Researchers hail hydrangea leaf extract potential in weight management
The latest findings show hydrangea leaf extract also has a potent inhibitory effect on body weight and body fat in overweight or obese people, which suggests WHS can counteract both the main cause (high-energy intake relative to energy expenditure) and knock-on effects (including metabolic diseases) associated with obesity, the authors say.
“Results suggest that WHS could not only ameliorate body fat accumulation, but also prevent the progression of obesity-induced metabolic syndromes. We discovered promise in the development of WHS as a health supplement for ameliorating obesity”.
Efficacy of WHS
Various botanicals are known to have anti-obesity properties, including garcinia cambogia extract, green tea extract, and glucomannan, but they generally lack the facility to promote weight loss in humans - and those that do require high doses, the authors explain. However, WHS has comparable potential at a relatively low dosage (600 mg).
Study results are testament to the therapeutic benefits of WHS. Oral ingestion was found to significantly reduce visceral fat areas (VFA) and visceral-to-subcutaneous ratios (VSR) compared with the placebo group; a daily intake of 600 mg of WHS for 12 weeks significantly decreased body weight and fat mass, with a reduction in the BMI, body fat percentage, hip circumference, VFA, total abdominal fat area, and VSR.
The authors said: “The present study demonstrated the efficacy and safety of WHS in overweight or obese humans.”
Significant weight loss
Study participants included 120 healthy males and females, aged 19-65 years with a body mass index (BMI) from 25 to less than 32 kg/m2. They were randomly assigned to control (placebo) and test (WHS) groups (60 in each) and instructed to consume a 600 mg WHS or placebo tablet with water once daily for 12 weeks.
Body fat mass was analysed using dual-every x-ray absorptiometry (DEXA). Changes in body weight, waist and hip circumference, waist-to-hip ratio (WHR), BMI, body fat percentage, visceral and subcutaneous fat areas, and total abdominal fat area were also assessed.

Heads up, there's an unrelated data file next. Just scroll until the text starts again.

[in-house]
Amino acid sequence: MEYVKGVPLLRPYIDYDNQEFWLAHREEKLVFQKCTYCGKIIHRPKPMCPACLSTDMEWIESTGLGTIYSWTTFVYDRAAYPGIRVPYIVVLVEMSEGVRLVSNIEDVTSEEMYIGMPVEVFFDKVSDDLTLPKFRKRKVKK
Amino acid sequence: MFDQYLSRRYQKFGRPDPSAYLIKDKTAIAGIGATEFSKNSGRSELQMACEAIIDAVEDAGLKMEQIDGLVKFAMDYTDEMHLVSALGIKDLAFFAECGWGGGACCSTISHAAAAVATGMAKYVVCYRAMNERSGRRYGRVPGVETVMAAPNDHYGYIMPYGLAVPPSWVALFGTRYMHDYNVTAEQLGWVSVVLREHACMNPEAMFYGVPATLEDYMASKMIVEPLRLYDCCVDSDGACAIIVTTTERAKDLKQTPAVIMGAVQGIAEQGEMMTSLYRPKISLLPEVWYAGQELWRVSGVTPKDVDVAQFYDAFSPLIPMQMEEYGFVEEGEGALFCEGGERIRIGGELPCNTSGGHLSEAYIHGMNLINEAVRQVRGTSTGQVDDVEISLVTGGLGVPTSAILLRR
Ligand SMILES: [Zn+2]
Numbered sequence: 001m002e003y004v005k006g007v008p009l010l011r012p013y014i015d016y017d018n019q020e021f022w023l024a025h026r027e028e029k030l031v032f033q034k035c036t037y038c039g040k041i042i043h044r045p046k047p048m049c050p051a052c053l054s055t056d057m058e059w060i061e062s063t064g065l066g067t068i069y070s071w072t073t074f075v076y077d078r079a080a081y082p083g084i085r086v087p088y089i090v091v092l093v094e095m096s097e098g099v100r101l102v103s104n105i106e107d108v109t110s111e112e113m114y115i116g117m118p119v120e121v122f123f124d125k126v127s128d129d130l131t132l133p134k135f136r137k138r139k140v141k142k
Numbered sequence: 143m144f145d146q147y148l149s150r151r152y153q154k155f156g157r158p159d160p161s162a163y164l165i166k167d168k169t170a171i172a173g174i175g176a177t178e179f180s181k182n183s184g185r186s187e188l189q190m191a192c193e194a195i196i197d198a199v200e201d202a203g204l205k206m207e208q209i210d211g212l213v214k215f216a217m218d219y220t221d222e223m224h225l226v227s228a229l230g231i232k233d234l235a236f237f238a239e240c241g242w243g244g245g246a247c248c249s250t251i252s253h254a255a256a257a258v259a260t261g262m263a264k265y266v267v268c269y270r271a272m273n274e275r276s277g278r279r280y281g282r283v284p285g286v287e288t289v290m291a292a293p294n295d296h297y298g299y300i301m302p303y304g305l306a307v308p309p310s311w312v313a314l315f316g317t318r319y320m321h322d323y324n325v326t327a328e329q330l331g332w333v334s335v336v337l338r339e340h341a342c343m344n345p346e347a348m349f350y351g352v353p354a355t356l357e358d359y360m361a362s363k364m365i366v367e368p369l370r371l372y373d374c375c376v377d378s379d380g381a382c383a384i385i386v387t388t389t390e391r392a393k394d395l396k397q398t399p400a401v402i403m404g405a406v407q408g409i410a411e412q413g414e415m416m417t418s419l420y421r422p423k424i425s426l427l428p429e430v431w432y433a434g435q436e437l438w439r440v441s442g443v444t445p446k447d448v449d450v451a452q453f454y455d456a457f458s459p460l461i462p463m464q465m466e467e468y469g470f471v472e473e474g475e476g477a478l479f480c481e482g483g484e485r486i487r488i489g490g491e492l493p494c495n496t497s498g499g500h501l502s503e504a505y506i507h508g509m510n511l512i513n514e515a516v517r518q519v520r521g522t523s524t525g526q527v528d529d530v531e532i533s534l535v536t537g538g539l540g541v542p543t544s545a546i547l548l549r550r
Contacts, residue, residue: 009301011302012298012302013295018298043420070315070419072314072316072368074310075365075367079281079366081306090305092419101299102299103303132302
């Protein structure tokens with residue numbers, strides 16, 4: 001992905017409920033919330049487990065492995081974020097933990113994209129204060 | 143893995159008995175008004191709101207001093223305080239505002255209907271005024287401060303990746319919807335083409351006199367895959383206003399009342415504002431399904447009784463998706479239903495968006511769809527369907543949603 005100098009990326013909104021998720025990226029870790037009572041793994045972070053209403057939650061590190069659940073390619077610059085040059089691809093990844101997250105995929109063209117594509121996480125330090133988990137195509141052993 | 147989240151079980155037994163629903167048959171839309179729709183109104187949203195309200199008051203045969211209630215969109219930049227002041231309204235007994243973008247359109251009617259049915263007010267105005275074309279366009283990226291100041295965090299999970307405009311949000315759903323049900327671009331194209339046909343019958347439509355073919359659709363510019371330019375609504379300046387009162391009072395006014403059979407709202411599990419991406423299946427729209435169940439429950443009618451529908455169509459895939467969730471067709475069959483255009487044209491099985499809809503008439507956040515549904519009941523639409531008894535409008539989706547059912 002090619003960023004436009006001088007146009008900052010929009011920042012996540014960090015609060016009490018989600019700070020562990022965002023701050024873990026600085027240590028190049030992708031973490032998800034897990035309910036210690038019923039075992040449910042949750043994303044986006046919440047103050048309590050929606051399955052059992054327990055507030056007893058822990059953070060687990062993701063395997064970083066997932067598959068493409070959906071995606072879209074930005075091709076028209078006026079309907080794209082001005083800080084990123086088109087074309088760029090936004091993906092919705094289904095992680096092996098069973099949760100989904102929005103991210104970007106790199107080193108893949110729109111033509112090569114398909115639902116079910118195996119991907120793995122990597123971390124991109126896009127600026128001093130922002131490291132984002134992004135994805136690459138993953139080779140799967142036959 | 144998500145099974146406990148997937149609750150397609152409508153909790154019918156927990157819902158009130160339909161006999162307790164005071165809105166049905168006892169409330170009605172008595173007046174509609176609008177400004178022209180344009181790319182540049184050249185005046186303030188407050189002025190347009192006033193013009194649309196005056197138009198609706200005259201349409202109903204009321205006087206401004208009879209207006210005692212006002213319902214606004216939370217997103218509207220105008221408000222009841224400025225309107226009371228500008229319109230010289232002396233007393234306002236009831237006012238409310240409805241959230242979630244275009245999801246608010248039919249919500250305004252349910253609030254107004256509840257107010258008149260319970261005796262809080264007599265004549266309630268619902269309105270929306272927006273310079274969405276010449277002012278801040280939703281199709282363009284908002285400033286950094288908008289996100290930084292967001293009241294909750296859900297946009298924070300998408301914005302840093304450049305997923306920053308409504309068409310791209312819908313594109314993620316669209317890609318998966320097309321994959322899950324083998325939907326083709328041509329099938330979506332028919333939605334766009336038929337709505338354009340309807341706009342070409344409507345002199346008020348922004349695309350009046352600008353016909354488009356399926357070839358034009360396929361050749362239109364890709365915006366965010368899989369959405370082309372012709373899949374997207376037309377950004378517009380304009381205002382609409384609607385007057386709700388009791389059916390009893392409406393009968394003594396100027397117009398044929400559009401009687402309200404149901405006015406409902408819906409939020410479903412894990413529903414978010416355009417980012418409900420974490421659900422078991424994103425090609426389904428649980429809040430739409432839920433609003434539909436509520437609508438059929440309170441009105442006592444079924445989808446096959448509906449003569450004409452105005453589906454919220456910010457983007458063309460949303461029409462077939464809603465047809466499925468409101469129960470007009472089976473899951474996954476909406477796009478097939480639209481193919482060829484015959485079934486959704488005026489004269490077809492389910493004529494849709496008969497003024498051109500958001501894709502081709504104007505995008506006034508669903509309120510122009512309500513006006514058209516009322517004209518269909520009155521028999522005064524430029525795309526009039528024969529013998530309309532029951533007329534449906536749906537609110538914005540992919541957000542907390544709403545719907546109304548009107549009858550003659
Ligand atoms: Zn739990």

Adverse reactions were noted in the WHS group: nine were considered mild and eight moderate. Two cases were deemed “possibly related” to WHS intake (menstrual pain and stomach pain), 14 were declared “possibly unrelated”, and one “definitely unrelated”.
The two abnormal reactions were treated with medication, which cured the symptoms. Overall, the safety evaluation concluded daily intake for the study period did not cause side-effects.
While the present study demonstrated the efficacy and safety of WHS in overweight or obese humans, the authors maintain a larger sample size with longer application is needed to fully determine potency and possible side-effects of WHS.
In addition, further analysis of the correlations between the fat mass and parameters related to the metabolic syndromes, including the insulin sensitivity and glycemia of WHS, are required to support the assumption that WHS can prevent the progression of obesity-induced metabolic syndromes.
Nevertheless, they add that “with this evidence, the development of WHS as a potential weight loss supplement is promising”.
‘Effect of Standardized Hydrangea serrata (Thunb.) Ser. Leaves Extract on Body Weight and Body Fat Reduction in Overweight or Obese Humans: A Randomized Double-Blind Placebo-Controlled Study’
Authors: Hee-Soo Han et al.